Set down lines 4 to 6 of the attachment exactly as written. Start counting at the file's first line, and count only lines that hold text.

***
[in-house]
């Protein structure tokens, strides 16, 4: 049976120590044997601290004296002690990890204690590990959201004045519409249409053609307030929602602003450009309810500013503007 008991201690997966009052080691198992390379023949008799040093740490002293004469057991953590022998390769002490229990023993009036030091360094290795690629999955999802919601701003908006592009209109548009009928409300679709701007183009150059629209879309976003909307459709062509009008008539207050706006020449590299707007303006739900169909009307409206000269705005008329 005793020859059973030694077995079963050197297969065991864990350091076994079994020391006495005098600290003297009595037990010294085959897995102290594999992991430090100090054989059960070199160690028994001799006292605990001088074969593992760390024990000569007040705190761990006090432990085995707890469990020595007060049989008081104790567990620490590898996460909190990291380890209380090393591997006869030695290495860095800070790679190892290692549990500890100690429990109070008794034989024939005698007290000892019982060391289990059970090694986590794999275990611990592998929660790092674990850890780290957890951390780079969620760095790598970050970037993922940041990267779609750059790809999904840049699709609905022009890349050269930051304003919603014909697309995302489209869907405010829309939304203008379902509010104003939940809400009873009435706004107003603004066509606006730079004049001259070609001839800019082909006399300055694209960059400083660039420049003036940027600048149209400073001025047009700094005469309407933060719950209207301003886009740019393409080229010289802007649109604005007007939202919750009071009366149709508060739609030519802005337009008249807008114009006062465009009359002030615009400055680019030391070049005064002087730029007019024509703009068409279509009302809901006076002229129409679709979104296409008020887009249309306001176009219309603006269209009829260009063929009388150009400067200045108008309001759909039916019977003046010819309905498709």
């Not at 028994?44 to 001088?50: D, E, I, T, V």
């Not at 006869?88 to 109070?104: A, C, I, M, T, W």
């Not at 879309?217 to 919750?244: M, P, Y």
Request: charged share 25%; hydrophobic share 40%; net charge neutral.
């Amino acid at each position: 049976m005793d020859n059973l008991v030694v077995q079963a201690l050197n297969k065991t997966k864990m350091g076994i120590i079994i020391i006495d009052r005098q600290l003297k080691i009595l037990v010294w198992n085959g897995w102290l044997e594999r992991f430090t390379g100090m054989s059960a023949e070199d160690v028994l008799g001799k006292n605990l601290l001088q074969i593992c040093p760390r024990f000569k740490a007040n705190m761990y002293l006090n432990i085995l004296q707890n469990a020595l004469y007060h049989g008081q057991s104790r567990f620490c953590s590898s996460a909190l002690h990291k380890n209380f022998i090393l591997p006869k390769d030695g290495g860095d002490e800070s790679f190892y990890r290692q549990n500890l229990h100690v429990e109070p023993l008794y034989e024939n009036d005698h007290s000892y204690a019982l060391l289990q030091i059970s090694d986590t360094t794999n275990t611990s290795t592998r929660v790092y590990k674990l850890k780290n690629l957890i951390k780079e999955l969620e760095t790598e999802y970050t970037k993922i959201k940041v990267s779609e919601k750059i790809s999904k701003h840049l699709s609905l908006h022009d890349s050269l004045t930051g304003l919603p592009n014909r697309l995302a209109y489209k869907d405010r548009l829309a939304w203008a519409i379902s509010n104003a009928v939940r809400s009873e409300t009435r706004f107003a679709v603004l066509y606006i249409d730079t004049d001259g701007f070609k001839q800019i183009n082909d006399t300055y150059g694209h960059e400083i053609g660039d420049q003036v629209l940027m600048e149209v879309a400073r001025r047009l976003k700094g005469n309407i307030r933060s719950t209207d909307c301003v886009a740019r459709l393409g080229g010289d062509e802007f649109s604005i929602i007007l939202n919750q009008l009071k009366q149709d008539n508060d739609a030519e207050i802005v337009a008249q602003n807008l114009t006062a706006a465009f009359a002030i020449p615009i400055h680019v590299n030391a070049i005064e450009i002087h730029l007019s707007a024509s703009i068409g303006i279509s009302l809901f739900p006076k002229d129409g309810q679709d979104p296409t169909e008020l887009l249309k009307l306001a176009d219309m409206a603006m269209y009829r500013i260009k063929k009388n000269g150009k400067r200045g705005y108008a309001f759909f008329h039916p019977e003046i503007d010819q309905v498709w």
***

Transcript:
């Not at 006869?88 to 109070?104: A, C, I, M, T, W």
């Not at 879309?217 to 919750?244: M, P, Y």
Request: charged share 25%; hydrophobic share 40%; net charge neutral.